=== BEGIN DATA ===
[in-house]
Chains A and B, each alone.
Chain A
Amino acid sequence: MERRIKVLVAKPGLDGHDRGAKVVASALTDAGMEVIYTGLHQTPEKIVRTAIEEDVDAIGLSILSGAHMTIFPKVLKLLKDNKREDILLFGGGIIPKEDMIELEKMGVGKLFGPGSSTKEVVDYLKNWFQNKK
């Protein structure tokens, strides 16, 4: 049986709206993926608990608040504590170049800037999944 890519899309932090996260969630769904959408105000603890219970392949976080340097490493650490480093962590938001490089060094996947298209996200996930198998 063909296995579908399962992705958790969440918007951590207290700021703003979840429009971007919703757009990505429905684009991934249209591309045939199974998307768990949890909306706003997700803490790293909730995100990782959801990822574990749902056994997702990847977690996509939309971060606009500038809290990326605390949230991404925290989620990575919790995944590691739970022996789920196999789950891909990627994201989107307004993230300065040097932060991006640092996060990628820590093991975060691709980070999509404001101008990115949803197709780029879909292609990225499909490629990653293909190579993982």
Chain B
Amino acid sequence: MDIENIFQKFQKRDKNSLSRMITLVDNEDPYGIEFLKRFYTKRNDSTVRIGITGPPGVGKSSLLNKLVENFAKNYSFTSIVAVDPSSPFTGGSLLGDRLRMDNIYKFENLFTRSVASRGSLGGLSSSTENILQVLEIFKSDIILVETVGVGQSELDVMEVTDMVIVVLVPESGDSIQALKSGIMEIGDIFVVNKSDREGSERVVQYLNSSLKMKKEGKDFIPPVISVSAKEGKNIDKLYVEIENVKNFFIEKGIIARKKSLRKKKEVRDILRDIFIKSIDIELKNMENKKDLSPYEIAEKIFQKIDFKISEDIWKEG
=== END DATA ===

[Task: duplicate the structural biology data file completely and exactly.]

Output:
[in-house]
Chains A and B, each alone.
Chain A
Amino acid sequence: MERRIKVLVAKPGLDGHDRGAKVVASALTDAGMEVIYTGLHQTPEKIVRTAIEEDVDAIGLSILSGAHMTIFPKVLKLLKDNKREDILLFGGGIIPKEDMIELEKMGVGKLFGPGSSTKEVVDYLKNWFQNKK
């Protein structure tokens, strides 16, 4: 049986709206993926608990608040504590170049800037999944 890519899309932090996260969630769904959408105000603890219970392949976080340097490493650490480093962590938001490089060094996947298209996200996930198998 063909296995579908399962992705958790969440918007951590207290700021703003979840429009971007919703757009990505429905684009991934249209591309045939199974998307768990949890909306706003997700803490790293909730995100990782959801990822574990749902056994997702990847977690996509939309971060606009500038809290990326605390949230991404925290989620990575919790995944590691739970022996789920196999789950891909990627994201989107307004993230300065040097932060991006640092996060990628820590093991975060691709980070999509404001101008990115949803197709780029879909292609990225499909490629990653293909190579993982």
Chain B
Amino acid sequence: MDIENIFQKFQKRDKNSLSRMITLVDNEDPYGIEFLKRFYTKRNDSTVRIGITGPPGVGKSSLLNKLVENFAKNYSFTSIVAVDPSSPFTGGSLLGDRLRMDNIYKFENLFTRSVASRGSLGGLSSSTENILQVLEIFKSDIILVETVGVGQSELDVMEVTDMVIVVLVPESGDSIQALKSGIMEIGDIFVVNKSDREGSERVVQYLNSSLKMKKEGKDFIPPVISVSAKEGKNIDKLYVEIENVKNFFIEKGIIARKKSLRKKKEVRDILRDIFIKSIDIELKNMENKKDLSPYEIAEKIFQKIDFKISEDIWKEG